In India, menstruation isn’t a biological process, it is tied to a set of beliefs that people subscribe to and follow. This is elucidated in Shanthi’s story for the show ‘Ruthuchakra’.
When she first got her period, Shanthi told her grandmother about it. She says, that it is believed by some people that if a girl tells about her first period to her mother, or if the mother sees the girl during the nascent stages of her first period, the mother tends to lose her eyesight early in life. Shanthi recalls having gone through a ritual soon after, for a period of sixteen days from the day of her menarche. She was asked to sit outside the house and was allowed inside only after a ritualistic bath. Once inside, turmeric and kumkum powder were applied on her skin, signifying her formal welcome into womanhood.
There is also a particular diet that is to be followed by the ‘new woman’, and this can differ with respect to community and region. Shanthi’s diet included coconuts, raw eggs, and various oils that she had to drink. Apart from that, she was given an assortment of eatables, such as various rice preparations and masala dosa, among other things.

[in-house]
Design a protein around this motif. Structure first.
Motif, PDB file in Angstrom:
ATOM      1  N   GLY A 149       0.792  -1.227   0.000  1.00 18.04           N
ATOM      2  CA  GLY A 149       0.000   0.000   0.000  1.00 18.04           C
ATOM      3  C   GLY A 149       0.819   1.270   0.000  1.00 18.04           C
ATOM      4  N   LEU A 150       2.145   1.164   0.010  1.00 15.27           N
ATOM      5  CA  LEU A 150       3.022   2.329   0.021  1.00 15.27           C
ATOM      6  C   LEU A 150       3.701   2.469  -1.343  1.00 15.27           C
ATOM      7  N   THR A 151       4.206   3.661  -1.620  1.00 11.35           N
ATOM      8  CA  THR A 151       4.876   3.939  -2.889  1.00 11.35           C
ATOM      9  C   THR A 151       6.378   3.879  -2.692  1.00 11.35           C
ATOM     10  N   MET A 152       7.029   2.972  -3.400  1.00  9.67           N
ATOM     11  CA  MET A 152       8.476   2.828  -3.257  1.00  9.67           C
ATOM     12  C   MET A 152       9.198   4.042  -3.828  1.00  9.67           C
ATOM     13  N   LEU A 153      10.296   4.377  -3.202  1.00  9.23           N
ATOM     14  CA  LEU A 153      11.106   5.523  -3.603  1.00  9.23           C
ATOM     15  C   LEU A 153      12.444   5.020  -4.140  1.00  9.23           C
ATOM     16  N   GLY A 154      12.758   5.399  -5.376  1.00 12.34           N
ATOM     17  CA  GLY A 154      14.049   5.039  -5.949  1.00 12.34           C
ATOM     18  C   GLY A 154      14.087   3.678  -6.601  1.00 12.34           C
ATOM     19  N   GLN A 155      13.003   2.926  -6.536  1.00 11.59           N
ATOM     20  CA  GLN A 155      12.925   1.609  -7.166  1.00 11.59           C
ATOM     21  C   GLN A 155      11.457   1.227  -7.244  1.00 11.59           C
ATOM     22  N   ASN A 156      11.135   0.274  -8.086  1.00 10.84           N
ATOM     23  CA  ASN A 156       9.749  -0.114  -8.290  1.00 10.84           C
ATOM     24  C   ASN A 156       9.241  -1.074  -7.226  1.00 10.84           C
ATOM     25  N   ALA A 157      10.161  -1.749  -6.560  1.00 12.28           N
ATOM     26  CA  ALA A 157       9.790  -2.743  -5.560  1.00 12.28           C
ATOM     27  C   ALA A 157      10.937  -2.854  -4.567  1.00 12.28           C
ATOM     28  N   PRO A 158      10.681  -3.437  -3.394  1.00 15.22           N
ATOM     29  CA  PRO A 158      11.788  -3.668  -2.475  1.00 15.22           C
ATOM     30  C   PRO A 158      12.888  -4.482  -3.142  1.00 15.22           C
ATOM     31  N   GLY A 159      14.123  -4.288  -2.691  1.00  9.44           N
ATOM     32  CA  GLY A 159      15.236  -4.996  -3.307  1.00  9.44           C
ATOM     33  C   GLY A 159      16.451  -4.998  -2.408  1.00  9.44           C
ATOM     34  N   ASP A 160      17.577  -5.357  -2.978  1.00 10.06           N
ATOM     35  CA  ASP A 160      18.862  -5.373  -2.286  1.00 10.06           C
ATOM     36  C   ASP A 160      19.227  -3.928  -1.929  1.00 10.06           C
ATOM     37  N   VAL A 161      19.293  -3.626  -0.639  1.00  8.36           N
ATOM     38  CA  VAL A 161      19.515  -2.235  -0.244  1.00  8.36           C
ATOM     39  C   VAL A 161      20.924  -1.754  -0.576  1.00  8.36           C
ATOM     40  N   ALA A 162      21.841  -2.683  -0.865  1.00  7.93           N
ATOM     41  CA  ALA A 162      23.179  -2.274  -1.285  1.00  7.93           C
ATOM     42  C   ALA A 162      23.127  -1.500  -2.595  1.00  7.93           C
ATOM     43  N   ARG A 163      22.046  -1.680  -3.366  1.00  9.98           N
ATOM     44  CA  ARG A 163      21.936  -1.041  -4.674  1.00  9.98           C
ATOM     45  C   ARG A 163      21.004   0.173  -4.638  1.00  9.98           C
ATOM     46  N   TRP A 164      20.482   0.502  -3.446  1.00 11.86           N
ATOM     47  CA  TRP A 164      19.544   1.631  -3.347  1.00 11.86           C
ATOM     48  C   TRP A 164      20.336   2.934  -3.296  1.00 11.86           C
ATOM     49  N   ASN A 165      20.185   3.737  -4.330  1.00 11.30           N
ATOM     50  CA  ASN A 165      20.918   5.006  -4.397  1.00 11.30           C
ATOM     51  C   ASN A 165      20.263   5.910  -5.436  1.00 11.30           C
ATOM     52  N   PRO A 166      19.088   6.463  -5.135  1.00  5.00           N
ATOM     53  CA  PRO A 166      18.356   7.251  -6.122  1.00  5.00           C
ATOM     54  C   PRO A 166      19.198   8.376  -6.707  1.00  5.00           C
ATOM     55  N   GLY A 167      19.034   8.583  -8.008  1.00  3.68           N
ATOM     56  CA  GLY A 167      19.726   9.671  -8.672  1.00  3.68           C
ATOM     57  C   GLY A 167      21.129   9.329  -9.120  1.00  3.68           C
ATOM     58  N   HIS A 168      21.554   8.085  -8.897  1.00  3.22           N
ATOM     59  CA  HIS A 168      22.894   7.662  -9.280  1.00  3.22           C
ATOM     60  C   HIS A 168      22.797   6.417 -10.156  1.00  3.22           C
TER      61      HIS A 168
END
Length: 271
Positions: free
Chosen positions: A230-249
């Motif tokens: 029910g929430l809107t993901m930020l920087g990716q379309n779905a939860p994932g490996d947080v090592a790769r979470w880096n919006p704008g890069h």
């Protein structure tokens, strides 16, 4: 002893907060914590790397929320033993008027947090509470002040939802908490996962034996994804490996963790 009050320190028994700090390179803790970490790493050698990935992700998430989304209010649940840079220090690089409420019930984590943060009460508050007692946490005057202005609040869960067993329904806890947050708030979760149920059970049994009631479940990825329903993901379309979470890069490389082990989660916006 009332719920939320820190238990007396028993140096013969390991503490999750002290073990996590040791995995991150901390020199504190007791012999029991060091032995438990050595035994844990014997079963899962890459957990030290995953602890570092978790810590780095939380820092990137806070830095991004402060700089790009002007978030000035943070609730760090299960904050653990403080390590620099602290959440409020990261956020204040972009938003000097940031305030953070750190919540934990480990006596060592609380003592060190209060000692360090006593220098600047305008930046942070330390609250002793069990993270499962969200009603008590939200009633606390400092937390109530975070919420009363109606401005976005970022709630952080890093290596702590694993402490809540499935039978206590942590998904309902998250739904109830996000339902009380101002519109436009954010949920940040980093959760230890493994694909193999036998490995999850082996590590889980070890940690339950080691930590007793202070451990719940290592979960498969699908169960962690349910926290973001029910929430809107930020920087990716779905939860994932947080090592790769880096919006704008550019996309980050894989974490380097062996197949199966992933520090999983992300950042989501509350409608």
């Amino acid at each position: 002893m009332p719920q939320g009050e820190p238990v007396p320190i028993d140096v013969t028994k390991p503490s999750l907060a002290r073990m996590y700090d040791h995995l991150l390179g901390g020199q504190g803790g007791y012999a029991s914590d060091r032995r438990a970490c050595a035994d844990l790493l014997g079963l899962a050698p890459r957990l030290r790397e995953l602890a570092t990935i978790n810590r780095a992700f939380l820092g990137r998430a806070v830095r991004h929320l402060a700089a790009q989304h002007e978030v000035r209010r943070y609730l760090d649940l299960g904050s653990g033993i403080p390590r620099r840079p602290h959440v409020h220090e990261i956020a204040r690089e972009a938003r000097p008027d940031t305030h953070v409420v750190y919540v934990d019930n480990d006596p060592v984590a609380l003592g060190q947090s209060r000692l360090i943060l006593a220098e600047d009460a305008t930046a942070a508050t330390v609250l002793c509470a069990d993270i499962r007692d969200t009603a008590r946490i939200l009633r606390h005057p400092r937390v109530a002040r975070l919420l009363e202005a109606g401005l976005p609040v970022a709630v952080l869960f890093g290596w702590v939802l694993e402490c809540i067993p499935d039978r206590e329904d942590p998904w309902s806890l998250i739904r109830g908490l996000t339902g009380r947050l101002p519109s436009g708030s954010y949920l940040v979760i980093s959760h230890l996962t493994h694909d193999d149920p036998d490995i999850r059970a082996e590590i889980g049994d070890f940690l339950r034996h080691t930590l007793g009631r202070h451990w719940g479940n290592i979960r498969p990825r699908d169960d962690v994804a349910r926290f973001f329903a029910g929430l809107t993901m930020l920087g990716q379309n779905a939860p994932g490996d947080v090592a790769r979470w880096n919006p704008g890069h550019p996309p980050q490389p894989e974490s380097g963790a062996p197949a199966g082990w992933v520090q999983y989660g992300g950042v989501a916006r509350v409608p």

When her first period ended, there was a celebration of sorts arranged in her honour – lamps were lit and she was made to be the centre of many rituals conducted by her aunts and other elderly women of the family. Of late, it has also become customary to get the women new clothes and accessories, according to Shanthi.
These customs and beliefs often find their way into present narratives as families propagate their practices. Shanthi’s daughters too participated in rituals similar to those Shanthi took part in. And to this day, her family practices the tradition of making their menstruating daughters sit away from the family, on a mat of their own, with a pillow, a plate, etc, all for their exclusive use.
Although the times have changed, the struggle surrounding the destigmatization of natural bodily processes like the period continues. The stigma has also been normalized, given the fact that the present generation follows the same practices as the previous ones with few questions asked.
The question we need to ask is, are we as women truly empowered with these practices still existing in our immediate society?
Written by Anagha Bharadwaj.